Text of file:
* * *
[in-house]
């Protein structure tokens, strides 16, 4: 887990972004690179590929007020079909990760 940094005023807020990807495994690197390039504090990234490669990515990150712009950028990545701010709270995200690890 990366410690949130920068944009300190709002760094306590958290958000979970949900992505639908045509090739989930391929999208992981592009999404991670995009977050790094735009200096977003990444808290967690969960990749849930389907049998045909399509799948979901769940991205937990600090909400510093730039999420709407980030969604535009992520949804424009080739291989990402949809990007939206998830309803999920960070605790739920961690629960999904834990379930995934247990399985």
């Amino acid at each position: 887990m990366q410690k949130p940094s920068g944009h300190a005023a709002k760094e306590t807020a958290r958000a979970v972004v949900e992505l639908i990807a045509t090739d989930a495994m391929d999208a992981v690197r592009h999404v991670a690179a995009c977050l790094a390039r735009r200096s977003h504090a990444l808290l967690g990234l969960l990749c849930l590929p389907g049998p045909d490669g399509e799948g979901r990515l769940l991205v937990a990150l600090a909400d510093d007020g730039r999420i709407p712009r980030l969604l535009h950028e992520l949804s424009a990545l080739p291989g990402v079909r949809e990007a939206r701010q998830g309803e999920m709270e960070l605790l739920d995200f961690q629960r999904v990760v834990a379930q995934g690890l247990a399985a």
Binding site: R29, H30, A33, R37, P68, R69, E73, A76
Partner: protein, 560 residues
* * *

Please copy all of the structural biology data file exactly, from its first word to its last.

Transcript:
[in-house]
């Protein structure tokens, strides 16, 4: 887990972004690179590929007020079909990760 940094005023807020990807495994690197390039504090990234490669990515990150712009950028990545701010709270995200690890 990366410690949130920068944009300190709002760094306590958290958000979970949900992505639908045509090739989930391929999208992981592009999404991670995009977050790094735009200096977003990444808290967690969960990749849930389907049998045909399509799948979901769940991205937990600090909400510093730039999420709407980030969604535009992520949804424009080739291989990402949809990007939206998830309803999920960070605790739920961690629960999904834990379930995934247990399985």
């Amino acid at each position: 887990m990366q410690k949130p940094s920068g944009h300190a005023a709002k760094e306590t807020a958290r958000a979970v972004v949900e992505l639908i990807a045509t090739d989930a495994m391929d999208a992981v690197r592009h999404v991670a690179a995009c977050l790094a390039r735009r200096s977003h504090a990444l808290l967690g990234l969960l990749c849930l590929p389907g049998p045909d490669g399509e799948g979901r990515l769940l991205v937990a990150l600090a909400d510093d007020g730039r999420i709407p712009r980030l969604l535009h950028e992520l949804s424009a990545l080739p291989g990402v079909r949809e990007a939206r701010q998830g309803e999920m709270e960070l605790l739920d995200f961690q629960r999904v990760v834990a379930q995934g690890l247990a399985a």
Binding site: R29, H30, A33, R37, P68, R69, E73, A76
Partner: protein, 560 residues